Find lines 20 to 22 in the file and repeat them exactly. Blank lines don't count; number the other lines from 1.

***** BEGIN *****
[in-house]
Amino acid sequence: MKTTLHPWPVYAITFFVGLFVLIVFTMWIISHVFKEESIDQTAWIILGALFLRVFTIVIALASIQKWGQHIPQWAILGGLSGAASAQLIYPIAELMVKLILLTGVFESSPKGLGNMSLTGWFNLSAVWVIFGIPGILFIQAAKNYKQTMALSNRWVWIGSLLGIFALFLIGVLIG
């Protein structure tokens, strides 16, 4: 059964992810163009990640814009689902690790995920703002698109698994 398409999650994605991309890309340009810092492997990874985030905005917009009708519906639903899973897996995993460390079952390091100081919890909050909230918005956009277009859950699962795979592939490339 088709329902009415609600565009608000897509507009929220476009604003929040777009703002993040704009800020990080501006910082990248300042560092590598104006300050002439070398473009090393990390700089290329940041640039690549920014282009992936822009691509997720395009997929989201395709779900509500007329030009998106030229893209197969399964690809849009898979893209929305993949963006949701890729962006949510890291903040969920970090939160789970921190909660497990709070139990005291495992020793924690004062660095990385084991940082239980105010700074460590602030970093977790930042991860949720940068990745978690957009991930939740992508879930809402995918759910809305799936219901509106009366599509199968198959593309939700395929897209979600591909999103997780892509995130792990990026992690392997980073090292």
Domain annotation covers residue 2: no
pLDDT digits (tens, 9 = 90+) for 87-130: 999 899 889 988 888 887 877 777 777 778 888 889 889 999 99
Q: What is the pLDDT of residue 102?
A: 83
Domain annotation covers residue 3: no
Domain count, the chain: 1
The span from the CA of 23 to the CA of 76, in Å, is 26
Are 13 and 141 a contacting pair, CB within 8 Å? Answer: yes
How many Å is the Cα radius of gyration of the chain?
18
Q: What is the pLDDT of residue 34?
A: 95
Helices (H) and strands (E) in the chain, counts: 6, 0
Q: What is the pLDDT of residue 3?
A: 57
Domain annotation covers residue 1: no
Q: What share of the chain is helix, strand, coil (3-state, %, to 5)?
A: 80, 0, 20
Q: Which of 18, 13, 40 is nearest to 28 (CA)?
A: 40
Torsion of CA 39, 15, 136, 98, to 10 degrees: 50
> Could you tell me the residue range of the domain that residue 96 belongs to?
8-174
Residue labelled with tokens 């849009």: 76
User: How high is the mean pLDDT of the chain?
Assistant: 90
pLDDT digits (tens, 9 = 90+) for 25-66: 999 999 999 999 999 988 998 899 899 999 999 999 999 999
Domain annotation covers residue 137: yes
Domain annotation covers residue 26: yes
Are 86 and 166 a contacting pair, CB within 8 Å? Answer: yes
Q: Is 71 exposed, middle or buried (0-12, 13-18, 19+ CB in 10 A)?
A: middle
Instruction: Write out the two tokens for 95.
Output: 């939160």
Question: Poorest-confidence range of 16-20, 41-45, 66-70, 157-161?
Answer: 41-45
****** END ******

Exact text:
Q: What share of the chain is helix, strand, coil (3-state, %, to 5)?
A: 80, 0, 20
Q: Which of 18, 13, 40 is nearest to 28 (CA)?